Text description provided by the architects. The brief was to replace an existing garage with a pair of semi-detached contemporary timber & zinc clad houses in Winchester, Hampshire which would accommodate 2 bedrooms, bathroom and living accommodation. The proposal provides parking whilst making use of the south facing aspect for amenity spaces. The design, described ‘as contemporary timber pods on top of a dark monolithic base’, takes it initial form from local urban houses, is a simple rectangle with a pitched roof. The building has allowance for parking underneath. The structure, which only shows it narrow façade to the road is clad in contemporary style with vertical timber and zinc roof.
It was important to provide natural light without large amounts of glazing to the south (to stop over heating and for privacy). The design shows a single window to the lounge area and a glazed apex to the first floor. The apex allows light to the bedrooms but stops over looking. Controlled views have been accounted for so that privacy for the neighbours is ensured.
The vertical timber cladding has been used to provide a soft and sympathetic visual element to the building. Over time the cedar will weather to a silver so to disappear into the vegetation and fence lines. The zinc roof profile mirrors those on the St. Giles hill directly above the site. The mid grey colour will provide an unobtrusive element. The building will sit on a white rendered base to link the building forms into the ground and road scene.
The developer didn't have a particular specification in mind about what type of house it should be, which was good because it allowed us to think quite dramatically about what we could put into the area to enhance it. The project team worked closely with the developers and local planners to create a building they felt could become a case study promoting contemporary architecture in the area.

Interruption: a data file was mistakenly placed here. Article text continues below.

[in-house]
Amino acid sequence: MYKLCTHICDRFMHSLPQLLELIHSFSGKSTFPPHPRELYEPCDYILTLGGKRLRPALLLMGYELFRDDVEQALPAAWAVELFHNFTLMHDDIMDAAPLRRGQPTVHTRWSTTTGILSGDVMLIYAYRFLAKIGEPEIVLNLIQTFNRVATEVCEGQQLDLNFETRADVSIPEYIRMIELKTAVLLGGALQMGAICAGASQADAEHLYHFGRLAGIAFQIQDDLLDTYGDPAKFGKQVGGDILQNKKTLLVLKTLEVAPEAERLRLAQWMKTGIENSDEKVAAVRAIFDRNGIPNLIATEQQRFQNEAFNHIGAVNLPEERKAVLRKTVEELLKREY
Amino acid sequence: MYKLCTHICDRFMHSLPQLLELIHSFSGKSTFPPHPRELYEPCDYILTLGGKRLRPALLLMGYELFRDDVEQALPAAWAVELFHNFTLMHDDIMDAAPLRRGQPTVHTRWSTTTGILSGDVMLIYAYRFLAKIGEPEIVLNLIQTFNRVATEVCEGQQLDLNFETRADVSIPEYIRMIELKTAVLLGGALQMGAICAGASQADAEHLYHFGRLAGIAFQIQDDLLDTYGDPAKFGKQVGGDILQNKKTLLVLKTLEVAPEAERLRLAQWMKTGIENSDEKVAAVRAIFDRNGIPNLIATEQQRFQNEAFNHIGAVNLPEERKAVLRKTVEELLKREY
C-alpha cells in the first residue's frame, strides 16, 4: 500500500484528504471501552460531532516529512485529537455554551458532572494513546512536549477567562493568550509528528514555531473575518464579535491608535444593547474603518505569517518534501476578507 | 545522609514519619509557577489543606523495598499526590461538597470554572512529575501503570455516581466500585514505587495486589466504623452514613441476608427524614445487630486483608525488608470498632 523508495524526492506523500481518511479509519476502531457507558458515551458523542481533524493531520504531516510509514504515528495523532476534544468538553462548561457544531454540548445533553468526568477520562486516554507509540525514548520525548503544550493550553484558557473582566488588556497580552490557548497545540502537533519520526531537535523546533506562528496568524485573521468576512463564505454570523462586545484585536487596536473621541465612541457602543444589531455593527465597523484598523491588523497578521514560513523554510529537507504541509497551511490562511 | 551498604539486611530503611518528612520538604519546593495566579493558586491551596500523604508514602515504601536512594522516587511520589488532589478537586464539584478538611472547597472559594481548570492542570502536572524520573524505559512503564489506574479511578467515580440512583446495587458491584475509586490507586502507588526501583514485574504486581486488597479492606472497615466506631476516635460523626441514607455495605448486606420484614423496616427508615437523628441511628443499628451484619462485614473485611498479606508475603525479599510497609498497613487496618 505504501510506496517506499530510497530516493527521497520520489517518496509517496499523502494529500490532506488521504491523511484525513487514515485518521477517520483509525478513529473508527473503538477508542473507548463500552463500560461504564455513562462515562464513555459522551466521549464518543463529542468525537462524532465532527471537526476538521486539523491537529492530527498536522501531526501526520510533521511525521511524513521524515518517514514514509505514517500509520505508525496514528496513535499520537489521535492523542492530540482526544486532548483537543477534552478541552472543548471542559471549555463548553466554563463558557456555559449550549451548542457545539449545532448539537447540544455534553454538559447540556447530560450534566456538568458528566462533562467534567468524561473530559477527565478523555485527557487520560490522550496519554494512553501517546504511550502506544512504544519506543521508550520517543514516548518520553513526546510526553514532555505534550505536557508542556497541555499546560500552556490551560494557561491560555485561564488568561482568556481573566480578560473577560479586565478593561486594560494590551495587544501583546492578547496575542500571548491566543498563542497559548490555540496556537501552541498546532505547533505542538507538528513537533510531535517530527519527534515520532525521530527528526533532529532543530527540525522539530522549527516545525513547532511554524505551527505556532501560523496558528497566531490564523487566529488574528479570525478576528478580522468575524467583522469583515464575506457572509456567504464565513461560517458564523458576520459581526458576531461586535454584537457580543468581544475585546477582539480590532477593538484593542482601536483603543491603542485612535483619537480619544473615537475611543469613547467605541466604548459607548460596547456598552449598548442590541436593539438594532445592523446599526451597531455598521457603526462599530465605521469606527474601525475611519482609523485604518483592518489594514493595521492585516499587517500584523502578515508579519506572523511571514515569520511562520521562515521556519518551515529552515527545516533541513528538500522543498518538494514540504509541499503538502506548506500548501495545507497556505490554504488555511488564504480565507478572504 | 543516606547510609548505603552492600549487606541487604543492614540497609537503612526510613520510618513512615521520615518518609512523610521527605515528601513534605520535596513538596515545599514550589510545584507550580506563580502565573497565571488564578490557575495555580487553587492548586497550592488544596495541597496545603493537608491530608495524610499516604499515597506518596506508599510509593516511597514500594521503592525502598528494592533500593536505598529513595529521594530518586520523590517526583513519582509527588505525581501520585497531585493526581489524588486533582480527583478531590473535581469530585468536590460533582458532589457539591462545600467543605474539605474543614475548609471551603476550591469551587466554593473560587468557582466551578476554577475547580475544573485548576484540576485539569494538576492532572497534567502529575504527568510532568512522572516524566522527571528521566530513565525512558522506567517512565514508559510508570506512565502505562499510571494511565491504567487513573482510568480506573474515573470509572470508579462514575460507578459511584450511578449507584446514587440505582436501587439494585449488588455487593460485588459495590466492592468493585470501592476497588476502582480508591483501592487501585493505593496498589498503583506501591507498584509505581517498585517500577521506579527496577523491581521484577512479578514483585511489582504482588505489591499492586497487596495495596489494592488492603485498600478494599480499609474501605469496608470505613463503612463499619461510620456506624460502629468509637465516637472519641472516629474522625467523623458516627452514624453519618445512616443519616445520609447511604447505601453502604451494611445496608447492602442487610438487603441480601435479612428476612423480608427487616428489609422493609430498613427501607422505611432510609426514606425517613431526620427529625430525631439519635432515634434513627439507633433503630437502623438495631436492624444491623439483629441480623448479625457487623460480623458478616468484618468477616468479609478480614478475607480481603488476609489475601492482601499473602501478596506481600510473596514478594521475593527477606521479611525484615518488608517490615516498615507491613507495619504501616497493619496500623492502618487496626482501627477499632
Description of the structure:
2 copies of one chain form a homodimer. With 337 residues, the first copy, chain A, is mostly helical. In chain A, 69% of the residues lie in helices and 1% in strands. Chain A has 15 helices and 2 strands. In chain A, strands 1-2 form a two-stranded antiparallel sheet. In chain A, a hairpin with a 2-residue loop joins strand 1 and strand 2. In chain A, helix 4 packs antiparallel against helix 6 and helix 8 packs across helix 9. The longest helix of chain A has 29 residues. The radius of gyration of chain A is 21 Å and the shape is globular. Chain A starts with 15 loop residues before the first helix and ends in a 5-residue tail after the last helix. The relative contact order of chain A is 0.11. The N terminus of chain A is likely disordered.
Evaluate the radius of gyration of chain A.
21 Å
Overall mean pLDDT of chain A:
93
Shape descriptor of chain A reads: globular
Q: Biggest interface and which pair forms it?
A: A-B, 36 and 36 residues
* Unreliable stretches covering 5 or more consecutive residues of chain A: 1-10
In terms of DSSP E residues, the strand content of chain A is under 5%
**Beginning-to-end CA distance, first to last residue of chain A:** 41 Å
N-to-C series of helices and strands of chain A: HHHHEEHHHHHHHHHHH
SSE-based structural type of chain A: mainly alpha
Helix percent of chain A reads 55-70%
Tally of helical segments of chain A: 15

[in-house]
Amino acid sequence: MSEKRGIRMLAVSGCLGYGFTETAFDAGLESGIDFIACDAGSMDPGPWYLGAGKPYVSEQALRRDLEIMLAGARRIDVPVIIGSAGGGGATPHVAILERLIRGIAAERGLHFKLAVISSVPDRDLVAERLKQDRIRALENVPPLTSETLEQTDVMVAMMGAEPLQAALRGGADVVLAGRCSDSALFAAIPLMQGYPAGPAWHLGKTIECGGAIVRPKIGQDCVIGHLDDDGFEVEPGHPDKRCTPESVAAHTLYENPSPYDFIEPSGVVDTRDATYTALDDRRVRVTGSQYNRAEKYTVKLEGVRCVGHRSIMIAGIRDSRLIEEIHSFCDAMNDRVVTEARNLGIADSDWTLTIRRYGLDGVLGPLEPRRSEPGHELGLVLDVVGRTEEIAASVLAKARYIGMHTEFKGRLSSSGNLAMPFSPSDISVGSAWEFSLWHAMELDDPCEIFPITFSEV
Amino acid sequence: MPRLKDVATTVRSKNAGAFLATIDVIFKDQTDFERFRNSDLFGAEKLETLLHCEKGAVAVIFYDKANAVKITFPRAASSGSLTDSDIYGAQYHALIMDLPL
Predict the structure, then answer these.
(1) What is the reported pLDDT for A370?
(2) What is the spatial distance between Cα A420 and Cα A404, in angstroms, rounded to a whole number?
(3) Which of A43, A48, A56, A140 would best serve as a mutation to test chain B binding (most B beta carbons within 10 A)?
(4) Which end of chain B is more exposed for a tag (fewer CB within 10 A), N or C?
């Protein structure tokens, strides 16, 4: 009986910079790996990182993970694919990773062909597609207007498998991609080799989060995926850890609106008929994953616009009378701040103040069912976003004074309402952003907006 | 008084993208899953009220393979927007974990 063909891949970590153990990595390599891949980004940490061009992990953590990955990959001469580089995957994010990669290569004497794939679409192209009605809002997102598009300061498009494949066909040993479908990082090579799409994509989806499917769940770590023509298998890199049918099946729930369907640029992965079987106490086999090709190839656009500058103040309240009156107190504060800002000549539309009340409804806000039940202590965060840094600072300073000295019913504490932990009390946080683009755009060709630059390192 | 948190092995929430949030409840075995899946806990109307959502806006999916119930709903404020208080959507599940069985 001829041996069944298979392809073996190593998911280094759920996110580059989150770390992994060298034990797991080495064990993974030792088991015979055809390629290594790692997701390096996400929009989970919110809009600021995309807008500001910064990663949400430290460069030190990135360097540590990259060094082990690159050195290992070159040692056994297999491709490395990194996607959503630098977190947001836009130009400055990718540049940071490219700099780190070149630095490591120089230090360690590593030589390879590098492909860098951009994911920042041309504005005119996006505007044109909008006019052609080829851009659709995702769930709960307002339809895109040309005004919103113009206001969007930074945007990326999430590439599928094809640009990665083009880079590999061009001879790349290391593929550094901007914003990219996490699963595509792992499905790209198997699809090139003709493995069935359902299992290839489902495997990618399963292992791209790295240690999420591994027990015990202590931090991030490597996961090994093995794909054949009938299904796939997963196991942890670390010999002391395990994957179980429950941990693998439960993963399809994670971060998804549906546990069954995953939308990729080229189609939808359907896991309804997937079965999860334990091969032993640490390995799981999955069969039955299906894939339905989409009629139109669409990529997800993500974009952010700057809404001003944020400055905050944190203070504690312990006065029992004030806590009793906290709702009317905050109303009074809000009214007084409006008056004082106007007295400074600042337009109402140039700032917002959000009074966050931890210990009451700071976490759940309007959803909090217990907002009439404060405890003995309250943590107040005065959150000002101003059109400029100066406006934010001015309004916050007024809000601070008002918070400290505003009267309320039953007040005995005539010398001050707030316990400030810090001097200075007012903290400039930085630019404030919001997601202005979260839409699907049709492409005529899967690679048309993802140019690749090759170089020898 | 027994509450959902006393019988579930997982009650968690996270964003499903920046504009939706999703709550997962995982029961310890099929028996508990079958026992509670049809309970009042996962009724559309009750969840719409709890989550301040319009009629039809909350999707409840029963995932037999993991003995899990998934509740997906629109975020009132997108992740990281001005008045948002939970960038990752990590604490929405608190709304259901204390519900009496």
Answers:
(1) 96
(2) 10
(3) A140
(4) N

The typical terraced properties in the neighbourhood feature narrow frontages and a main volume that extends away from the street. The architects replicated this format, so the building's impact on the street is reduced.
The two houses occupy the entire depth of their relatively narrow plot, with outdoor spaces incorporated at the sides rather than the front or back. These take the form of small gardens and decked areas accessed through the kitchens.
The site is tucked into the side of a tree-lined hill, which informed the decision to clad the majority of the facades in timber. We wanted to mimic the trees behind so we used cedar that will turn silver over time, and oriented it vertically so it will blend in with the background,.
A distinct datum is formed by the junction between the podium and the wood-clad units, as well as the line where the timber cladding meets the roof. Recessed downpipes between the houses help to separate the forms and give each property a clear identity.
The topography of the street means there is a drop in the level towards the opposite side, so the architects introduced triangles of glazing below the roof that reduce the visual mass, but also prevent views down into the house opposite.
The glazed apexes still allow views to the sky without overlooking, we also worked very hard at keeping the roof form really thin, with most of the structure behind the glass so it appears as a folded form over the top of the two timber-clad elements.